Staging your Story

I gave my first course yesterday for Big Smoke Writing Factory as a guest teacher. I’ve attended courses there before and was familiar with the lovely building and nice facilities (There is tea! There are biscuits! There are lovely clean bathrooms with effective hand-dryers! Anyone who wonders why I’m prioritising the effectiveness of the hand-dryers probably hasn’t spent a lot of time schlepping between rented offices.) But most importantly, there’s a welcoming atmosphere and a wonderful mix of participants. I was delighted to get a wide range of answers to my opening question, ‘What would you like to achieve from this workshop?’

As the workshop was relatively short and I was meeting the participants for the first time, I decided to concentrate mostly on dramatic structure, i.e., how to tell your story for the stage. I chose this topic as it’s something people tend not to start to think about until they’ve written half a play and hit an insurmountable obstacle.

I recently read an interesting short essay by playwright Anthony Nielsen where he spoke about teaching creative writing workshops. He would invariably come across students who were excited about writing on certain themes: ‘I want to write a play that tackles the issues around gay marriage/ the recession/ clerical abuse.’ When they were asked the simple question, ‘Yes, but what story do you want to tell?’, their faces would fall. Many people have a passion for writing and want their work to have a big, punchy message, but find it difficult to create a story which acts as a vehicle for these themes. ‘Story’ and ‘plot’ have almost become dirty words.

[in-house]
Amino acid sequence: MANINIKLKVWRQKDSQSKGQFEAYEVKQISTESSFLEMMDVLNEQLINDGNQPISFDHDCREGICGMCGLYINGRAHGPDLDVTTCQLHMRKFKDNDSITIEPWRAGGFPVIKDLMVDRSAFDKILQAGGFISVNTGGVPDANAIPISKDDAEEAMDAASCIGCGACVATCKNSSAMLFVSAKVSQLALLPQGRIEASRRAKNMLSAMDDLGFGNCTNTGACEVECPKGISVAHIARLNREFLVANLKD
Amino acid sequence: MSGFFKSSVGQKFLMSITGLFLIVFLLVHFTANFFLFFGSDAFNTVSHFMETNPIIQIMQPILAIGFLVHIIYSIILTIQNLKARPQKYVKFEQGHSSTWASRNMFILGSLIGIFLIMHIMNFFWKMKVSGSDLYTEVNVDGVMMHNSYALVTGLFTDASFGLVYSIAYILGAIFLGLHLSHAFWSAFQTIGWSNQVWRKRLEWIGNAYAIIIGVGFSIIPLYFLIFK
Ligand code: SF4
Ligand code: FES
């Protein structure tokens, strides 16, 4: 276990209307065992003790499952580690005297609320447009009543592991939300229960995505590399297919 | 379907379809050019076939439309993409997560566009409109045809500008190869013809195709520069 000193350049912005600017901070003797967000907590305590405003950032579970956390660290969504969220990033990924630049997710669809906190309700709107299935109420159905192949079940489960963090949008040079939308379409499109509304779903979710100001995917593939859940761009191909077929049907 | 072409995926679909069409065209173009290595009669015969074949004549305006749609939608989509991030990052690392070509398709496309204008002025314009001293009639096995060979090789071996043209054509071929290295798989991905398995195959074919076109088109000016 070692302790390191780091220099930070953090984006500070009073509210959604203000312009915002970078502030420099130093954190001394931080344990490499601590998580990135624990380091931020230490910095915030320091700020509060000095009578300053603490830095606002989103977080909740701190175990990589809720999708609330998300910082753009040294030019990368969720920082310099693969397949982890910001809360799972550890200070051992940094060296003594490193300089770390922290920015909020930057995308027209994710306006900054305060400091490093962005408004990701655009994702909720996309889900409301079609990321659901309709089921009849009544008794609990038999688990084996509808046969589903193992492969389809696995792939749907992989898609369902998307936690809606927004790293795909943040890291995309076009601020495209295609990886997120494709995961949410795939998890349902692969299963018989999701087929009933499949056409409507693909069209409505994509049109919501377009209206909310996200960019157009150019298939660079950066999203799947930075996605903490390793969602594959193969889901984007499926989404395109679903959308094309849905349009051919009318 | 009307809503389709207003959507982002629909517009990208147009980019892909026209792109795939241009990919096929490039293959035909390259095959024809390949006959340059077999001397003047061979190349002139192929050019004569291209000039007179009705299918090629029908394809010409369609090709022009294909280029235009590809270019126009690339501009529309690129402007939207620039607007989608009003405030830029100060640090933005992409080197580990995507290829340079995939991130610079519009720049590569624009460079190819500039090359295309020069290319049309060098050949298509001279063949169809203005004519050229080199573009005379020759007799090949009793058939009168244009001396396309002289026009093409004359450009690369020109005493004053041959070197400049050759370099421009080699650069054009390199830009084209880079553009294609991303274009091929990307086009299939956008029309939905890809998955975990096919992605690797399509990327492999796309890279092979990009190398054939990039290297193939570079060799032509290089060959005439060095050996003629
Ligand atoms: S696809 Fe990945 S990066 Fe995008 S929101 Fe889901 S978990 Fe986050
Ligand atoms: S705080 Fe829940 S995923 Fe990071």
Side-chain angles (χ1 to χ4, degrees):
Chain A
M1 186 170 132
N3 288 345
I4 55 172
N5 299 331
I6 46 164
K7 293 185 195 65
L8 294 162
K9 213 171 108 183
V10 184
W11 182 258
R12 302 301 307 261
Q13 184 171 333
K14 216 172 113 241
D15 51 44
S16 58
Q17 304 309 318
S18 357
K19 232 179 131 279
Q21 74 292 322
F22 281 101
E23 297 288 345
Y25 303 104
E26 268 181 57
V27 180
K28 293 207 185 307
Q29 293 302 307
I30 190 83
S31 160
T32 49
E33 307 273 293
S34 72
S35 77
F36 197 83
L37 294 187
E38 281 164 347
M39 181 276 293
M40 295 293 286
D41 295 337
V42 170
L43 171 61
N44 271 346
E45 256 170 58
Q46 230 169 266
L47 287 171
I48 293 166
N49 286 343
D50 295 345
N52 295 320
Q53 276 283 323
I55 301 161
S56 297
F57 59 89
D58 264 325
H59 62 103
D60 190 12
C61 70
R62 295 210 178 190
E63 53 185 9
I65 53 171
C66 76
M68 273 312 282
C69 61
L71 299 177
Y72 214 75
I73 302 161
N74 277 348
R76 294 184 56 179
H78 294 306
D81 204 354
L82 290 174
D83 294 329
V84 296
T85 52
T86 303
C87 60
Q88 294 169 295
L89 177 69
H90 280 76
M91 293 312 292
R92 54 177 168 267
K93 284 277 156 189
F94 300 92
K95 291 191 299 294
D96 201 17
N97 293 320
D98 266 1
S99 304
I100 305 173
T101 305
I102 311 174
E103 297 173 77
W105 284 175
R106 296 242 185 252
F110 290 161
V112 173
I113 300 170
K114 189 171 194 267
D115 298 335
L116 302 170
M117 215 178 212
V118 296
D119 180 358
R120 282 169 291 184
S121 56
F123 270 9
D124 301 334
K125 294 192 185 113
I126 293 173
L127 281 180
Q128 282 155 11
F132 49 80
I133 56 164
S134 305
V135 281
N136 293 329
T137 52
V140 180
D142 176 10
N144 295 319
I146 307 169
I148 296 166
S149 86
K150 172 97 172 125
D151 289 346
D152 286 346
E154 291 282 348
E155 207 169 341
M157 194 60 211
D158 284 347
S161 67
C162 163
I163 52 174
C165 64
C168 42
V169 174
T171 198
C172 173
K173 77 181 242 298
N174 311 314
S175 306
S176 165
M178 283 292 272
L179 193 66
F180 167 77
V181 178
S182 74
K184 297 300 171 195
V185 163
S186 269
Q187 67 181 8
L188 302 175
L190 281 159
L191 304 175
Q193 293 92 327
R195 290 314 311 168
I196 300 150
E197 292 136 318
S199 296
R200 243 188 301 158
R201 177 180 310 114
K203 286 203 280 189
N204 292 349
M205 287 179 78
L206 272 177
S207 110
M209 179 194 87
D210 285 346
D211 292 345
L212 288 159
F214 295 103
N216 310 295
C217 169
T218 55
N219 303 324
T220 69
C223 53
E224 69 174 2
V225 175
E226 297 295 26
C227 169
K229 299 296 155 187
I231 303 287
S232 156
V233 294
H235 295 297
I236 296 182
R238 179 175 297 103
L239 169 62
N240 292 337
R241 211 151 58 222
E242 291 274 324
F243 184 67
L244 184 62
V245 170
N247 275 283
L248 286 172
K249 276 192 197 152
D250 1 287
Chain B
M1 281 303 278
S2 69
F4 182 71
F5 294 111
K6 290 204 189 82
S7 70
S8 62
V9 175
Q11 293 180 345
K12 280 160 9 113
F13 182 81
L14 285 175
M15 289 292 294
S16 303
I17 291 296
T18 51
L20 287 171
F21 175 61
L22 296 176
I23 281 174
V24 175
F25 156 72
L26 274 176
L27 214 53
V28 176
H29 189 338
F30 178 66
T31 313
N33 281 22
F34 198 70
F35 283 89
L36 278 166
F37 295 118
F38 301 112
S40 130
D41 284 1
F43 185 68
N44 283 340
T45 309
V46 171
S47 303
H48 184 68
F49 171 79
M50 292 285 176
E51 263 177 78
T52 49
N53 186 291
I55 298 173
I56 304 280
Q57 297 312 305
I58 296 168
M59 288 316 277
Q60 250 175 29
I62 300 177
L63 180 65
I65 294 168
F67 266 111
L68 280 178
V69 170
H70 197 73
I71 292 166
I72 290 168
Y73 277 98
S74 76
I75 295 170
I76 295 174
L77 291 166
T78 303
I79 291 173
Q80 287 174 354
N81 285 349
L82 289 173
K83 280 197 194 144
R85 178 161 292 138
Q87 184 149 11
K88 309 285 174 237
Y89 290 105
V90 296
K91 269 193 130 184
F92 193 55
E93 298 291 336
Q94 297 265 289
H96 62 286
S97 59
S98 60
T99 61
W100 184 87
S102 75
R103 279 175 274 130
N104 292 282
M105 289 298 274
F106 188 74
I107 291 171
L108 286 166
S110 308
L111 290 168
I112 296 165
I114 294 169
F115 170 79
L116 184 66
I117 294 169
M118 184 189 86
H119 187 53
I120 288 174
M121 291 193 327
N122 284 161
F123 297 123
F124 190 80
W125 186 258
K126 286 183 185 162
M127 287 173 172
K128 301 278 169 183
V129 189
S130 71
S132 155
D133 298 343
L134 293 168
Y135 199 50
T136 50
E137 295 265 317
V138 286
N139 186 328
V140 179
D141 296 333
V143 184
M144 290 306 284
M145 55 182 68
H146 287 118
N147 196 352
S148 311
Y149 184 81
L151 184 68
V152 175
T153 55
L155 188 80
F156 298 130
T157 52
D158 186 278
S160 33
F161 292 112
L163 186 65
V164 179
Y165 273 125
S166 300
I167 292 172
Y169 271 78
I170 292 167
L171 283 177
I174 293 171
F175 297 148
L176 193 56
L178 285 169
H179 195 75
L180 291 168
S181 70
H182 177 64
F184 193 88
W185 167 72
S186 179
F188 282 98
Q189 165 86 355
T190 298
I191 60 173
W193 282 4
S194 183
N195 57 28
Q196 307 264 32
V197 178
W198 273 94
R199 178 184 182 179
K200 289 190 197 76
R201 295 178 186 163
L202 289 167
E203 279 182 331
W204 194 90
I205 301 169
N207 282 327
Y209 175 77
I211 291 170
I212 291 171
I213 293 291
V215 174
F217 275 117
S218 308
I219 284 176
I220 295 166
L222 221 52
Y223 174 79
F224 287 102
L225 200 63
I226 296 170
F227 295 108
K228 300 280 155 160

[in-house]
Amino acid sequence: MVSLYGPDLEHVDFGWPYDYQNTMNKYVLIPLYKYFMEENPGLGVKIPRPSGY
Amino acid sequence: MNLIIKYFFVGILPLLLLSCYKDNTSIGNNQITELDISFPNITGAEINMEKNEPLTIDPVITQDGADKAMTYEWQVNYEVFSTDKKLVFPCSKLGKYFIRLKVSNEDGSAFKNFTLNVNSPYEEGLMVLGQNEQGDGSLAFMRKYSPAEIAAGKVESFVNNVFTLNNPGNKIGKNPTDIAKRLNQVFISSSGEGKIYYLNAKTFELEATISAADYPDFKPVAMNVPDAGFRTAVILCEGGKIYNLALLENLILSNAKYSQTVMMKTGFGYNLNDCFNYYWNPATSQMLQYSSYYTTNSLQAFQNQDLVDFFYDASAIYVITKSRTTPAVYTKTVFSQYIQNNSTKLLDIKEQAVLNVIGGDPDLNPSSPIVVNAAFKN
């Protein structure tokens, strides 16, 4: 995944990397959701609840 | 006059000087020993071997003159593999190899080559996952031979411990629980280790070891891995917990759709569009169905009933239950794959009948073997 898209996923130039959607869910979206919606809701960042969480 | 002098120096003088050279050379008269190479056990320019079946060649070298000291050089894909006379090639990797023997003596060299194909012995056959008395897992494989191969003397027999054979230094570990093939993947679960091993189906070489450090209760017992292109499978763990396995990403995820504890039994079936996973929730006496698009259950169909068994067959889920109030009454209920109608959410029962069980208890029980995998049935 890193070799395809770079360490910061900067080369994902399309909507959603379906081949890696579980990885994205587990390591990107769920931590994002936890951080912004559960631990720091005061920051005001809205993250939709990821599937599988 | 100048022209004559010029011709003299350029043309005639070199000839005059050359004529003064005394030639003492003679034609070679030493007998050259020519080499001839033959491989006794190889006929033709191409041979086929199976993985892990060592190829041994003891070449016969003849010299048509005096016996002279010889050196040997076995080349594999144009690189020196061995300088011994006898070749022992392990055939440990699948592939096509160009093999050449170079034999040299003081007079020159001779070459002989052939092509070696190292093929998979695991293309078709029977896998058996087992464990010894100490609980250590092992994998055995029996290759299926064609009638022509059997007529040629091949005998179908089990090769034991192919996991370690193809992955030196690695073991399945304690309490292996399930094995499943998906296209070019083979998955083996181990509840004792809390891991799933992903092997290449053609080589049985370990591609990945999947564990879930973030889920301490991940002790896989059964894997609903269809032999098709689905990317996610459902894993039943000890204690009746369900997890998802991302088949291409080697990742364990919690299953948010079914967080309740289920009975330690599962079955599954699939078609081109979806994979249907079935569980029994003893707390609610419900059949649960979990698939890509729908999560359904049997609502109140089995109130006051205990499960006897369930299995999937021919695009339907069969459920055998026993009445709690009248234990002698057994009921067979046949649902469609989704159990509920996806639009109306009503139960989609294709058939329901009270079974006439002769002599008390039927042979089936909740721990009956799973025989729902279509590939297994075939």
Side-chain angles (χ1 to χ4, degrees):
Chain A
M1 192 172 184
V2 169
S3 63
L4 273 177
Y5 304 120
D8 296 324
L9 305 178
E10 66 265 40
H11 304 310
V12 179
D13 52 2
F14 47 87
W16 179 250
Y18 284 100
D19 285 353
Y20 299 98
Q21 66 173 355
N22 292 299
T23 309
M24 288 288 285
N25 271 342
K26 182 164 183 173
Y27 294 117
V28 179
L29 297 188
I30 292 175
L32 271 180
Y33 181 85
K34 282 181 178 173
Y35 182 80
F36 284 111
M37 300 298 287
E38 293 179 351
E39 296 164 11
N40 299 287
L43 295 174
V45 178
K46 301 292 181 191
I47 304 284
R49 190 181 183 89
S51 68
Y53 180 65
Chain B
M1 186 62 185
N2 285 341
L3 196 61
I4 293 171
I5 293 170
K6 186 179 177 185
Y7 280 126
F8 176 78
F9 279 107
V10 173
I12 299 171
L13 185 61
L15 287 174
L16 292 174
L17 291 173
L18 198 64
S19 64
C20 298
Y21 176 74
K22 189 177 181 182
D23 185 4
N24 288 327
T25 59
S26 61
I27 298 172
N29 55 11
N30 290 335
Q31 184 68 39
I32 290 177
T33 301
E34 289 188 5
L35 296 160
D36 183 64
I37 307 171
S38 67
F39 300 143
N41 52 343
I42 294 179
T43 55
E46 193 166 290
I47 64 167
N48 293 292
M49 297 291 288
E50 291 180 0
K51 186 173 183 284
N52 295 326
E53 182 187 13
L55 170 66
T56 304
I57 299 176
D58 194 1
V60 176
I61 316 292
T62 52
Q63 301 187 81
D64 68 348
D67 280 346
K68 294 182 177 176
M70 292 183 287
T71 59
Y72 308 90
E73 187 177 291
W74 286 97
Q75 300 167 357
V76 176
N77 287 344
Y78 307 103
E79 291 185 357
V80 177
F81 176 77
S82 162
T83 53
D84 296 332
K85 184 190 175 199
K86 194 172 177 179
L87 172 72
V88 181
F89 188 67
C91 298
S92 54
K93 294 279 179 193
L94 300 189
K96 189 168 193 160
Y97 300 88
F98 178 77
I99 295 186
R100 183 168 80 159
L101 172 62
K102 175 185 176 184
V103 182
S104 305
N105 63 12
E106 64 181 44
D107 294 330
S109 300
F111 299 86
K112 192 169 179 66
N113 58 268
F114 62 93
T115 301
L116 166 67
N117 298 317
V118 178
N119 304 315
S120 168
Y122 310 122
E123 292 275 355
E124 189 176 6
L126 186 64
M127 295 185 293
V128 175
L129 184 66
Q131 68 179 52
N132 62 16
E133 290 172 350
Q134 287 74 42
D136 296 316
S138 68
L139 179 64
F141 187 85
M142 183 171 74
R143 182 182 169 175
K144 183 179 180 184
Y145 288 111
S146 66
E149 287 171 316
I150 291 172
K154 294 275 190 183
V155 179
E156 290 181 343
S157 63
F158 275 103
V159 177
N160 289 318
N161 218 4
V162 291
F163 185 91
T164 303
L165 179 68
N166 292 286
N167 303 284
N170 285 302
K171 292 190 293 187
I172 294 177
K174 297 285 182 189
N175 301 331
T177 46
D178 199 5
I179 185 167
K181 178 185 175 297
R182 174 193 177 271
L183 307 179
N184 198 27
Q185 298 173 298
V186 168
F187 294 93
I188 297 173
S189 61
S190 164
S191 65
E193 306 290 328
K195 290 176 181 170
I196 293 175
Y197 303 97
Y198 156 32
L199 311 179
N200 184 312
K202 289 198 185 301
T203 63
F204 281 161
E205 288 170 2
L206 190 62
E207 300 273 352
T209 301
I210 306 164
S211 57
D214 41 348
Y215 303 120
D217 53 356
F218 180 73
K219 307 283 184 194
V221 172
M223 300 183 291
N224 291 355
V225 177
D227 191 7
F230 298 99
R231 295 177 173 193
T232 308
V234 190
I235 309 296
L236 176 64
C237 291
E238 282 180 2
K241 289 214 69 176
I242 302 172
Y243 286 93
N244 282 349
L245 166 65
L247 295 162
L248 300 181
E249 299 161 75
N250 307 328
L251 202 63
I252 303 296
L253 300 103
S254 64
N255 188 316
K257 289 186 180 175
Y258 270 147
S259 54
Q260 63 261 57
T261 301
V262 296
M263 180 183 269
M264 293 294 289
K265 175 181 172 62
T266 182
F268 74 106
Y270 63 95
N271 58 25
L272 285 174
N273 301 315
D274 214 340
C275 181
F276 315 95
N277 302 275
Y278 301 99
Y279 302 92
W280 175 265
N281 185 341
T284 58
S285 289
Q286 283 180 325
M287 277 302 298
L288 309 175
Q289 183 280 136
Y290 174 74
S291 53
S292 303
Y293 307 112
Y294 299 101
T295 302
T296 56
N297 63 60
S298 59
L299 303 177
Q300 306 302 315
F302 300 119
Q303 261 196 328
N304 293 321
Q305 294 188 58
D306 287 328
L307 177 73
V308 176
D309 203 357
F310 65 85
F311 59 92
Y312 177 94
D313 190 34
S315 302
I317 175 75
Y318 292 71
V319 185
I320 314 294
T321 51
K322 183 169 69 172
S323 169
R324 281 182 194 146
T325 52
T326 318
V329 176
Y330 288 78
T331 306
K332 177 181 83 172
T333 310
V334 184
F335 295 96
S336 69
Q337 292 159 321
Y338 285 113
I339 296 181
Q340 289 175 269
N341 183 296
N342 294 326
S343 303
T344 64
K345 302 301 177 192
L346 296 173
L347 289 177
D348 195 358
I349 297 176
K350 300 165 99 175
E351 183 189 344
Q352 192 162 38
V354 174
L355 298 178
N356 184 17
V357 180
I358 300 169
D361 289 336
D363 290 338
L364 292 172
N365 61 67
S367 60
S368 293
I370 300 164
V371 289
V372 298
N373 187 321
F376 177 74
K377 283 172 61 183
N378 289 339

However, think about new plays which have been successful lately – or indeed, over the past 20 years (by writers such as Conor McPherson, Martin McDonagh, Marina Carr, Jez Butterworth, Simon Stephens, Enda Walsh etc etc). Yes, they have dealt with weighty issues and some have been rather light on narrative, but most of them (I am open for debate on this point by the way) have had a gripping story, well told. Good structure disappears in the weave, so it becomes an almost intangible thing, but some of the most complex plays are the most simply structured. The challenge is not just to create a story which acts as a vehicle for your themes, but also to present it on the stage in a way that makes visual sense. The usual questions about good storytelling apply: Is each scene pulling its weight? Does the pace flag anywhere? Is there a strong narrative through-line? While these questions usually preoccupy the writer during the redrafting process, might it be helpful to try to consider them from the very beginning? We discussed various techniques for working out the play’s narrative arc before you set pen to paper.

Alongside this discussion we talked about the very nuts and bolts of theatre-making: how long should a scene be? How do you format a script? How long should your play be as a whole? Which theatres read unsolicited scripts and what kinds of writing are they looking for? I love discussing these questions as playwriting can be a mysterious art, but it’s a form of writing that appeals to so many people. A little bit of demystification will open up a new pool of talent for writers and for theatres.